The same factors, i.e. the structure of the compound and the type of microorganisms used, also determine the enantioselectivity of the process. It can be concluded that the greater number of steric hindrances in the substrate results in greater selectivity of the product. Fusarium strains are characterized by very different enantioselectivity, they are able to produce products with both high and very low enantiomeric excess. This is well illustrated by the example of a bromolactone with a trimethylcyclohexane system which was converted to the same hydroxylactone with ee = 81% (F. avenaceum AM11) and ee = 0% (F. semitectum AM20) [10]. A similar situation occurred in biotransformation of chlorolactone obtained from alpha-ionone, where hydroxylactone had ee = 62% (F. culmorum AM10) or ee = 9% (F. semitectum AM20) [12]. In the case of compounds obtained earlier from beta-ionone [14], the enantiomeric excess of hydroxylactone received from bromolactone was in the range of 0-18%. As a result of the studies presented here, hydroxylactone 4 was obtained as a racemic mixture. This means that the strains presented here were not able to carry out the hydrolytic dehalogenation reaction in an enantioselective manner.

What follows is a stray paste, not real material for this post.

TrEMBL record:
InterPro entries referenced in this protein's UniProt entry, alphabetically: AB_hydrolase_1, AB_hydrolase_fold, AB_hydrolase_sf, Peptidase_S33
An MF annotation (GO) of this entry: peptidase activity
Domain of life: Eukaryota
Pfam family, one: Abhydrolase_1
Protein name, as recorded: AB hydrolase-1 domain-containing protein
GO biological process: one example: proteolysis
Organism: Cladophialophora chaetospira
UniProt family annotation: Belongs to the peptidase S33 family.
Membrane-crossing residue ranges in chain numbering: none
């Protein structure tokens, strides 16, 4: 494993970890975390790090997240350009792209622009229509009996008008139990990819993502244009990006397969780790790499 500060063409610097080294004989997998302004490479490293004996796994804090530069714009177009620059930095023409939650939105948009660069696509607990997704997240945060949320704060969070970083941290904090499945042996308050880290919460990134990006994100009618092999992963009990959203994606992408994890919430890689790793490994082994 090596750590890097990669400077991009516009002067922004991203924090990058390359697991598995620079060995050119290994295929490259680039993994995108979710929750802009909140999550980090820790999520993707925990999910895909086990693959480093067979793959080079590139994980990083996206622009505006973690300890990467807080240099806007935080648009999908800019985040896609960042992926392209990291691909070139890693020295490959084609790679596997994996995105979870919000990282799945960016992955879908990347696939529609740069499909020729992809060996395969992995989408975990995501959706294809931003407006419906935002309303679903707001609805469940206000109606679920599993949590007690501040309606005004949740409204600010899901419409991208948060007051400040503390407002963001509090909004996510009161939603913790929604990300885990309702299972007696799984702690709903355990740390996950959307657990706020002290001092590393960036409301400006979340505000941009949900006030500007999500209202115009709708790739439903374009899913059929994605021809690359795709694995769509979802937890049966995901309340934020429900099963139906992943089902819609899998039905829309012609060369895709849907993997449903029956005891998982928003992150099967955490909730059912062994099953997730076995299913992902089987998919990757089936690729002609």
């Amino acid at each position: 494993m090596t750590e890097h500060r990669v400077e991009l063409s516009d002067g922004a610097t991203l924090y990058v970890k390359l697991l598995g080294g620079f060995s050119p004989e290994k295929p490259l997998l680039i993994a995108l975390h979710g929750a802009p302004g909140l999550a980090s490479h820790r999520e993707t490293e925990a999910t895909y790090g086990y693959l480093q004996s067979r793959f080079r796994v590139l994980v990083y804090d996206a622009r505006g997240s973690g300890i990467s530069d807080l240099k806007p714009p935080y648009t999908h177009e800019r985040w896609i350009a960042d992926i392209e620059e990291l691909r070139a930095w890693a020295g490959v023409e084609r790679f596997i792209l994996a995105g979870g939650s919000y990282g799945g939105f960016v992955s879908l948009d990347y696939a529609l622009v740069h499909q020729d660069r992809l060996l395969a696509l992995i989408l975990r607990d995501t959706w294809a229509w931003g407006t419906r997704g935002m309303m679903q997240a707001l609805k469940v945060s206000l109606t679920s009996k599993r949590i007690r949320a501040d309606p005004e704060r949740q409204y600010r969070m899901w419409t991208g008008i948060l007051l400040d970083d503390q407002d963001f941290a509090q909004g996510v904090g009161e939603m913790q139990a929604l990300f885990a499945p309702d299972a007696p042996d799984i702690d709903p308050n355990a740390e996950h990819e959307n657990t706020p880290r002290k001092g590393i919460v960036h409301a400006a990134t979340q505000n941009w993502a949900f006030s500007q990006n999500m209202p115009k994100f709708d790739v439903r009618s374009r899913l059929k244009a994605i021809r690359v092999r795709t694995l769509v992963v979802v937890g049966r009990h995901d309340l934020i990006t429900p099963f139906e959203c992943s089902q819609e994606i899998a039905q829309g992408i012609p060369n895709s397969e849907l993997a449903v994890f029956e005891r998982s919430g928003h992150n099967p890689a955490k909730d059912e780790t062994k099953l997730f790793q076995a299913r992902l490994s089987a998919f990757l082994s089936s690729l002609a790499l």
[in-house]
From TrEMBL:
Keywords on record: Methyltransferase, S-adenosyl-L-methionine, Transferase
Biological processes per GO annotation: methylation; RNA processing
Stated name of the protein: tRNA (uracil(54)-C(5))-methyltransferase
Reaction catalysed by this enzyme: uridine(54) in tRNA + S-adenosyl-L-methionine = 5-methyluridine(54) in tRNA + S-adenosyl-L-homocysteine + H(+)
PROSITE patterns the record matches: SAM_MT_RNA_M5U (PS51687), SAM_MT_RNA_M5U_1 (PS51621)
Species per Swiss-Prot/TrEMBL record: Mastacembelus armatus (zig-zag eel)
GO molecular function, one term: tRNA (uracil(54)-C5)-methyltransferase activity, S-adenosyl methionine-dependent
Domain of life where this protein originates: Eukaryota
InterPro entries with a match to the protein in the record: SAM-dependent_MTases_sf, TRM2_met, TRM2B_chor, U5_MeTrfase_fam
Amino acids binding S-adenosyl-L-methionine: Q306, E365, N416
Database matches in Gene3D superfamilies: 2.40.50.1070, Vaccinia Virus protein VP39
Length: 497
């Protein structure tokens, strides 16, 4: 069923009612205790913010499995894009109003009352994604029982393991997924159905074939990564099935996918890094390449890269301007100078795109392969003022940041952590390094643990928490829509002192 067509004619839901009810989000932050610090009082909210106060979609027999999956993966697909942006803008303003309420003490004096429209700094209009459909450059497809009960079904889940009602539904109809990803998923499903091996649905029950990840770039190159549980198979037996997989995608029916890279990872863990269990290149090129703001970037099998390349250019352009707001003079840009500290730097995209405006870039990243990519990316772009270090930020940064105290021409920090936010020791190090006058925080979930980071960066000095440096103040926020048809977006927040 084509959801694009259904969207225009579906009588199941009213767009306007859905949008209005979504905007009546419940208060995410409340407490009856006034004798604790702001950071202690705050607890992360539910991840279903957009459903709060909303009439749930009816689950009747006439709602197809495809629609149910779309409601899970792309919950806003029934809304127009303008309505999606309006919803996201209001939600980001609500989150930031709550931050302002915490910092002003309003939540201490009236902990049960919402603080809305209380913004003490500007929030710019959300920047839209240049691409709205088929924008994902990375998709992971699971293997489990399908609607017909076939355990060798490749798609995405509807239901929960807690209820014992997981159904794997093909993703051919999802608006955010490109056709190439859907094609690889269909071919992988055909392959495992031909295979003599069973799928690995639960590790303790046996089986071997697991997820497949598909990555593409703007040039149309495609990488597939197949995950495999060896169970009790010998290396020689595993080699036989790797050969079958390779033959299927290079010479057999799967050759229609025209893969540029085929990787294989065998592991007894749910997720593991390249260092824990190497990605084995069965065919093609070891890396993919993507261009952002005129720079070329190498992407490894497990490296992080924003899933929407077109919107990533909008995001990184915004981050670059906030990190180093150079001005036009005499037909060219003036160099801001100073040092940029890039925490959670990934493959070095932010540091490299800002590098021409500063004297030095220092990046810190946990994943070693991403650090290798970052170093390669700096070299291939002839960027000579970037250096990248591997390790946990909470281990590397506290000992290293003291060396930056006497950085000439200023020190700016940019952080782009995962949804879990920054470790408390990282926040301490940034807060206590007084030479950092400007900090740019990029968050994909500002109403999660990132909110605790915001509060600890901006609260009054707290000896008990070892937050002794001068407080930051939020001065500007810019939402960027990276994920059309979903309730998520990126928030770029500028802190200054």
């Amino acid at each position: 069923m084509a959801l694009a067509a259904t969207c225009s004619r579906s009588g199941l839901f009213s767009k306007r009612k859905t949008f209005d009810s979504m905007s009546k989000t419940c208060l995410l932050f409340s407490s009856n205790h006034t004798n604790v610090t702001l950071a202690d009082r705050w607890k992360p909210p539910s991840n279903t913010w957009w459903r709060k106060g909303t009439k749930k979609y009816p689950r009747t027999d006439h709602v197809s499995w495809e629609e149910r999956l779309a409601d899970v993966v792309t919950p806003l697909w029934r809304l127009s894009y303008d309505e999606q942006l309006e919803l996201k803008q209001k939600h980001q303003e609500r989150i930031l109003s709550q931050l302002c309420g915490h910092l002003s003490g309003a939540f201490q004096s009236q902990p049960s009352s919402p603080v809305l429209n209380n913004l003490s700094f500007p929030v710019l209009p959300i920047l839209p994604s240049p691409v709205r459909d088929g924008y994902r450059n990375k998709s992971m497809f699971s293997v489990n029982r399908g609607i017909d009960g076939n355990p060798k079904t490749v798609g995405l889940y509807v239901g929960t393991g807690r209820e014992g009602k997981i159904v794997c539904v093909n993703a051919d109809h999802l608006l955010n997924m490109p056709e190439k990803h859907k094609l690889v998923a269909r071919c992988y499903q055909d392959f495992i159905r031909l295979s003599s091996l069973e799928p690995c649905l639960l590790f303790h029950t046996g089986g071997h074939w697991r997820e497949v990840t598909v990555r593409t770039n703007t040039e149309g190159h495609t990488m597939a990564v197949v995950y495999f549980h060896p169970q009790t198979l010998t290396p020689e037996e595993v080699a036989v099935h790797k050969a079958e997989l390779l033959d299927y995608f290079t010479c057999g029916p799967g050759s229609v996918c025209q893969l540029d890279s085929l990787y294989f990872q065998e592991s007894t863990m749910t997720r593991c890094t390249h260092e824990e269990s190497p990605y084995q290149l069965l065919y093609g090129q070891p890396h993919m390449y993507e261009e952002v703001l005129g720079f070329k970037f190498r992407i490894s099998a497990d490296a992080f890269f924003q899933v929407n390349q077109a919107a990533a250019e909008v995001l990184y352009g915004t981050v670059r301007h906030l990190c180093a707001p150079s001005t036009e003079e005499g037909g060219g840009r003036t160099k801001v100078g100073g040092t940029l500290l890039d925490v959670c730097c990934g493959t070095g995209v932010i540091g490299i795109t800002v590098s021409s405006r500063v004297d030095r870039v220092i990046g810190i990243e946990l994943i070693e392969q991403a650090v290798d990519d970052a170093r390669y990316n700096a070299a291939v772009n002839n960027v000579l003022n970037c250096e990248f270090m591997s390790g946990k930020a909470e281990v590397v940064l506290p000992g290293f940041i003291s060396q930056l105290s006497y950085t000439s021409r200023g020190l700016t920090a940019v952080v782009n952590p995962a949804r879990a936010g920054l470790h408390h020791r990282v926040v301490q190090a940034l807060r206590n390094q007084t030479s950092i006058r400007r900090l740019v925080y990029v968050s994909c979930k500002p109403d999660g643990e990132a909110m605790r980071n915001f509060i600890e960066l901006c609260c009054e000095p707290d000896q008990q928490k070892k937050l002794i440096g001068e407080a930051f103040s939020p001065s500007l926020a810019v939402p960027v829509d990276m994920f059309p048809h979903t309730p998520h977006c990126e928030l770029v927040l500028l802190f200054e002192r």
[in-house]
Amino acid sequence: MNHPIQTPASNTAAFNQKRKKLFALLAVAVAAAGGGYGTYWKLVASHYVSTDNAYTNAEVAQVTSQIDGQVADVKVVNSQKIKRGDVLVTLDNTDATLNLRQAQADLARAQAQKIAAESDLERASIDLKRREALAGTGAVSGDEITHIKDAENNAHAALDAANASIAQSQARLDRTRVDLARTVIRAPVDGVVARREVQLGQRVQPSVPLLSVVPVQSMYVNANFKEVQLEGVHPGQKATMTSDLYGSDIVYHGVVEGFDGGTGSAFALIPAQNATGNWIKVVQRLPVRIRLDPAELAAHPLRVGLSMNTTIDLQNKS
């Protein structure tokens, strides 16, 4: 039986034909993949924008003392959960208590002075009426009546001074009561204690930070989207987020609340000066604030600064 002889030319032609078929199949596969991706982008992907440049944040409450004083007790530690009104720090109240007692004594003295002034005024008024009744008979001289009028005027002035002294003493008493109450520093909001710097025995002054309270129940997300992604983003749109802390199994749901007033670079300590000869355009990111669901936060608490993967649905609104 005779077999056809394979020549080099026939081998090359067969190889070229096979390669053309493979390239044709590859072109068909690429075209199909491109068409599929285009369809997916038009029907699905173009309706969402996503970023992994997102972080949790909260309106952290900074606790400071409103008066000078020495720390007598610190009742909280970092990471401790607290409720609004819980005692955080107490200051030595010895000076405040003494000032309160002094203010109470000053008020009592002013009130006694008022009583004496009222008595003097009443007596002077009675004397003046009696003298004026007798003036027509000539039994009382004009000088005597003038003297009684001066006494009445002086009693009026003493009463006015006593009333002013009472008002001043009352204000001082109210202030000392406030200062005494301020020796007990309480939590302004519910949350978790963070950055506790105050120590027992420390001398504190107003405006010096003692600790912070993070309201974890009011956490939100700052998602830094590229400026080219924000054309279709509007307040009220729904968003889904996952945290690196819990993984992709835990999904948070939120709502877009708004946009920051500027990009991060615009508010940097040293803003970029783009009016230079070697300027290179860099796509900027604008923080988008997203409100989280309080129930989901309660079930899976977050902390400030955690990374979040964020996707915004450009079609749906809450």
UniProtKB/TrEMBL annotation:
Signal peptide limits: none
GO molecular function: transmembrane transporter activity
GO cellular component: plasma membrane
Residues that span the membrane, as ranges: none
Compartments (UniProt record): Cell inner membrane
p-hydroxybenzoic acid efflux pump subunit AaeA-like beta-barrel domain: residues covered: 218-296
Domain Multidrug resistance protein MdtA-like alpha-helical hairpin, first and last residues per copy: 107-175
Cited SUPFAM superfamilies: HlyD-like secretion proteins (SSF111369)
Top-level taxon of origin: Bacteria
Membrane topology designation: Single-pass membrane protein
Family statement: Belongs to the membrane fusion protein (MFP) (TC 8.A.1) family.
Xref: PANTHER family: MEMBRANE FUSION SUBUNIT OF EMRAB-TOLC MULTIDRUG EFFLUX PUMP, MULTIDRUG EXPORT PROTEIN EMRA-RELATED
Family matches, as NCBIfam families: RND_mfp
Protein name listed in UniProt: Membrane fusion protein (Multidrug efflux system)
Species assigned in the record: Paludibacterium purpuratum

Attractive aromas do not usually characterize organochlorine compounds. Among the many compounds we have acquired so far, only halolactones with methylcyclohexane [10] and trimethylcyclohexene rings [12] should be considered. Significantly, two of the halolactones presented in our study were endowed with pleasant scents. There were bomolactone 2 possessing herbal, green odour and iodolactone 3 characterized with coconut smell. As it is known, small changes in the structure of molecules greatly affect the change of their fragrance profile [45]. Therefore, in addition to presenting the odour characteristics of halolactones discussed here, we decided to compare them with the corresponding halolactones previously obtained from alpha-ionone [12]. Both compounds, i.e. alpha- and beta-ionone, are structural analogues, differing only in the position of the double bond in the cyclohexene ring. In agreement with our assumptions, the odours of the halolactones obtained from alpha- and beta-ionone have been completely different. When the double bond was between C4-C5 carbons, the odours were more intense. In addition, a floral smell, typical of ionones, was observed for chloro- and iodolactones. Shifting the bond between C5-C6 caused the disappearance of the odour typical of Viola odorata. The scent of chlorolactone molecules differed the most. The lactone obtained from alpha-ionone had a pleasant green-wood odor, while its analog was completely odorless. The obtained iodolactones also differed in the intensity and character of the odour. The pleasant floral fragrance of the lactone with a bond between C4–C5 changed with the shift of the double bond to coco-cream. Moreover both bromolactones had intense aromas. Obtained from beta-ionone lactone had a herbal odour with a green note while the previously obtained lactone was characterized by a pleasant, vegetable scent with a hint of celery.